Miramonte Students Discuss Their Opinions About Common Core

Libby Dunne, Staff Writer

All Miramonte juniors this year took the Common Core test instead of the STAR testing, as in previous years. The Common Core testing was given online and, though interactive, many students had technical difficulties with the system and struggled with the more challenging questions.

“It was a good idea to do this test run, to work out the kinks and challenges of the Common Core. I liked that it was more interactive and interesting, but it was really complicated, and the online features were a little hard to use,” junior Maritza Grillo said.

Half of the junior class used computers, while the other half used ipads, which were generally harder to use. “I’m sure that the graphing part on the ipads was frustrating for everyone,” Grillo said.

Miramonte students were discontent because they were so reliant on the computers, and prefered the STAR tests because no technology was involved. “I prefer to do work problems on paper. It was really weird to do the problems on the computer because it is something I’m not used to,” junior Jessica Alvarado said.

“I strongly disliked the emphasis on technology. I prefer a paper and a pencil because it is easier to hash out my thoughts and work problems,” junior Sydney Mays said.

The Common Core test has different standards than students have been taught, so they were not used to the challenge of many of the problems.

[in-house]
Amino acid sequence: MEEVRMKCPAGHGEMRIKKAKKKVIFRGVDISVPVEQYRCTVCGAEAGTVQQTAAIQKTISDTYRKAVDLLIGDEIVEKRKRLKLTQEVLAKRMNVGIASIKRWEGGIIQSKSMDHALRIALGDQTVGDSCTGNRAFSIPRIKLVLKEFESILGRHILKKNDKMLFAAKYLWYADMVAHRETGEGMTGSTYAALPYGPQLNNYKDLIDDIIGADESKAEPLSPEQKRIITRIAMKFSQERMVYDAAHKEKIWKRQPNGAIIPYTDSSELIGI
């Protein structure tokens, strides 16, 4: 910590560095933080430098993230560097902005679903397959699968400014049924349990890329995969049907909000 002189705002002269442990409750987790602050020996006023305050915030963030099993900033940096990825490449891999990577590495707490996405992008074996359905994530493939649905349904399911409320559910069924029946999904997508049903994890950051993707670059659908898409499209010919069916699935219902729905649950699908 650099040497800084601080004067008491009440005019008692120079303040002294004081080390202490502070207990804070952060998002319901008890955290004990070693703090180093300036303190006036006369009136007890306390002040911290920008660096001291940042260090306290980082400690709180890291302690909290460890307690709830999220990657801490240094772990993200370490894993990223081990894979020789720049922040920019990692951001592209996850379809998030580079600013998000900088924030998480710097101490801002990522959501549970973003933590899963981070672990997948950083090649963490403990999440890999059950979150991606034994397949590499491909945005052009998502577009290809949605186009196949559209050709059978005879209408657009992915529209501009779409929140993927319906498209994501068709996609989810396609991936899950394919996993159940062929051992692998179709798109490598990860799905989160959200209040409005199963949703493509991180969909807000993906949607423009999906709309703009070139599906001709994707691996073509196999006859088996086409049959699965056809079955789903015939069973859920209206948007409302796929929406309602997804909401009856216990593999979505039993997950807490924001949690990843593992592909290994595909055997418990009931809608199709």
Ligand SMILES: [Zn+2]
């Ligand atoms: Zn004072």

“Common Core was much more difficult because it required a lot more skills and way more thinking. That is not necessarily and bad thing, but it was an abrupt switch from the generic STAR testing that we are used to,” Mays said.

The Common Core math test also integrated real world problems that were not only more interesting, but showed students inventive ways to use math outside of the classroom.

“The downsides to the Common Core are that it’s too technological, the questions are over complicated and I think they tried too hard to be innovative. However, it accurately tests our abilities, forces us to use outside skills to answer questions, and incorporates realistic math problems that could occur outside of school,” Mays said.

Although the Common Core test was more challenging and reliant on technology, it more effectively tested the students knowledge, and offered more real world problems.